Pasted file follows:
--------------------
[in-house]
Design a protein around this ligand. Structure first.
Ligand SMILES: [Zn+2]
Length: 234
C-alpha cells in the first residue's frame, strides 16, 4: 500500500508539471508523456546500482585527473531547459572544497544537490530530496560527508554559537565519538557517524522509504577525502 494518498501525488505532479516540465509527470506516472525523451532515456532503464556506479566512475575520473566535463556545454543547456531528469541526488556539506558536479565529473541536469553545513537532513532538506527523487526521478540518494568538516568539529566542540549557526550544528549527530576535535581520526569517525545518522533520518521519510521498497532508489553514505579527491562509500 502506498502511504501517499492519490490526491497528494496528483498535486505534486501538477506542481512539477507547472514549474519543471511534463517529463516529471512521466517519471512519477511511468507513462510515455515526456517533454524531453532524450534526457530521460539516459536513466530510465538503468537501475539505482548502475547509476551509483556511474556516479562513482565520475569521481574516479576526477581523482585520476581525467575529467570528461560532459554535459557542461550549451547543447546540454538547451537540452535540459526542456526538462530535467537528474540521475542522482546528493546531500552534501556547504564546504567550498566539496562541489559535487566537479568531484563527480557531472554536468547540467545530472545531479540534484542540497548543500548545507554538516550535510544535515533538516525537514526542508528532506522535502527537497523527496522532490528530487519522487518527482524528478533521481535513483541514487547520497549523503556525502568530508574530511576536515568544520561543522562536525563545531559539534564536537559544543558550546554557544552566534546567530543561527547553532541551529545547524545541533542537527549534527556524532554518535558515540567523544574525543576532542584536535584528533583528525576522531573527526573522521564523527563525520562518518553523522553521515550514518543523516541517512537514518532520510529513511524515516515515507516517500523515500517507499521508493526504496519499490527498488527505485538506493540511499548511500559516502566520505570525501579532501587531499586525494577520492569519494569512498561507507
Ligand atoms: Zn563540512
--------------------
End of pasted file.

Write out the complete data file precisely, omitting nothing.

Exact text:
[in-house]
Design a protein around this ligand. Structure first.
Ligand SMILES: [Zn+2]
Length: 234
C-alpha cells in the first residue's frame, strides 16, 4: 500500500508539471508523456546500482585527473531547459572544497544537490530530496560527508554559537565519538557517524522509504577525502 494518498501525488505532479516540465509527470506516472525523451532515456532503464556506479566512475575520473566535463556545454543547456531528469541526488556539506558536479565529473541536469553545513537532513532538506527523487526521478540518494568538516568539529566542540549557526550544528549527530576535535581520526569517525545518522533520518521519510521498497532508489553514505579527491562509500 502506498502511504501517499492519490490526491497528494496528483498535486505534486501538477506542481512539477507547472514549474519543471511534463517529463516529471512521466517519471512519477511511468507513462510515455515526456517533454524531453532524450534526457530521460539516459536513466530510465538503468537501475539505482548502475547509476551509483556511474556516479562513482565520475569521481574516479576526477581523482585520476581525467575529467570528461560532459554535459557542461550549451547543447546540454538547451537540452535540459526542456526538462530535467537528474540521475542522482546528493546531500552534501556547504564546504567550498566539496562541489559535487566537479568531484563527480557531472554536468547540467545530472545531479540534484542540497548543500548545507554538516550535510544535515533538516525537514526542508528532506522535502527537497523527496522532490528530487519522487518527482524528478533521481535513483541514487547520497549523503556525502568530508574530511576536515568544520561543522562536525563545531559539534564536537559544543558550546554557544552566534546567530543561527547553532541551529545547524545541533542537527549534527556524532554518535558515540567523544574525543576532542584536535584528533583528525576522531573527526573522521564523527563525520562518518553523522553521515550514518543523516541517512537514518532520510529513511524515516515515507516517500523515500517507499521508493526504496519499490527498488527505485538506493540511499548511500559516502566520505570525501579532501587531499586525494577520492569519494569512498561507507
Ligand atoms: Zn563540512